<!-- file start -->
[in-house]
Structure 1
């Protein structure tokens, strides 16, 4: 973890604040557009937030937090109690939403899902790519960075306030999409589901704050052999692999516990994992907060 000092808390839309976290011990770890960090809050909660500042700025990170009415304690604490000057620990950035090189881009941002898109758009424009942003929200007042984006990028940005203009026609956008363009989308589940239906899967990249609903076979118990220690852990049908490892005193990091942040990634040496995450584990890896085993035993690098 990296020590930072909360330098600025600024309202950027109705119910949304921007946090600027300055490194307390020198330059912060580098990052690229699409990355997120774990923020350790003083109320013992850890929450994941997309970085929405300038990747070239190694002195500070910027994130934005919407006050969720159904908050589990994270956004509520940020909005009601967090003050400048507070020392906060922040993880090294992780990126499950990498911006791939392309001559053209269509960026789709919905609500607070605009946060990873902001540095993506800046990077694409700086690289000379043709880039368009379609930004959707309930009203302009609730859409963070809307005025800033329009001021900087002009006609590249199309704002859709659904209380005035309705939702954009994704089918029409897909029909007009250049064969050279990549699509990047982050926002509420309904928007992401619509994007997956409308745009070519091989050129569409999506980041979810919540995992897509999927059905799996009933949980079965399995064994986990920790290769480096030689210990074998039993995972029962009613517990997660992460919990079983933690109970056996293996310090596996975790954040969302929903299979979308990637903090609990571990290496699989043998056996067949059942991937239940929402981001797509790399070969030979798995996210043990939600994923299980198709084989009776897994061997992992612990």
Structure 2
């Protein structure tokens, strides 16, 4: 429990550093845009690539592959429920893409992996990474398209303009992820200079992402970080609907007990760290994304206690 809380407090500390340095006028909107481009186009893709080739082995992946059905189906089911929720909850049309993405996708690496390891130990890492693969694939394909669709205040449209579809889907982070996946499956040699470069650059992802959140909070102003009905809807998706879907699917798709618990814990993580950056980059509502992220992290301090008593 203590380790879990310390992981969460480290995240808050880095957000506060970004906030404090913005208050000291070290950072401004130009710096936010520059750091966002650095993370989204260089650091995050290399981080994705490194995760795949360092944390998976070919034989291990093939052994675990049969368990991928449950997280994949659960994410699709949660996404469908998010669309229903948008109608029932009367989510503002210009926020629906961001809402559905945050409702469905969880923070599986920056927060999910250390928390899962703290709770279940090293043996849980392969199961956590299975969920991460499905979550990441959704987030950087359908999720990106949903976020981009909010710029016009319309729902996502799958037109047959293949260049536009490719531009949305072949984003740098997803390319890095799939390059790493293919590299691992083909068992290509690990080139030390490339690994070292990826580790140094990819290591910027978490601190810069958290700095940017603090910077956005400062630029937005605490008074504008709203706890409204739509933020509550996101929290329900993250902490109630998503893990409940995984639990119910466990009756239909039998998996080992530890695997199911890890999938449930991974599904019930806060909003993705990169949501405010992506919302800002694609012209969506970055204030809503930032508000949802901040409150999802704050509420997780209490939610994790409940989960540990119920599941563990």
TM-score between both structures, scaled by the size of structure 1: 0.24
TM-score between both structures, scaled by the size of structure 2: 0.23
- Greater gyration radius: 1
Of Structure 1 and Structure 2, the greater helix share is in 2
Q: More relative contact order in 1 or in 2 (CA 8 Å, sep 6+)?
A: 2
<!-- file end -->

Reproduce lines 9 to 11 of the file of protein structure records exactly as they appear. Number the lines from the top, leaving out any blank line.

Of Structure 1 and Structure 2, the greater helix share is in 2
Q: More relative contact order in 1 or in 2 (CA 8 Å, sep 6+)?
A: 2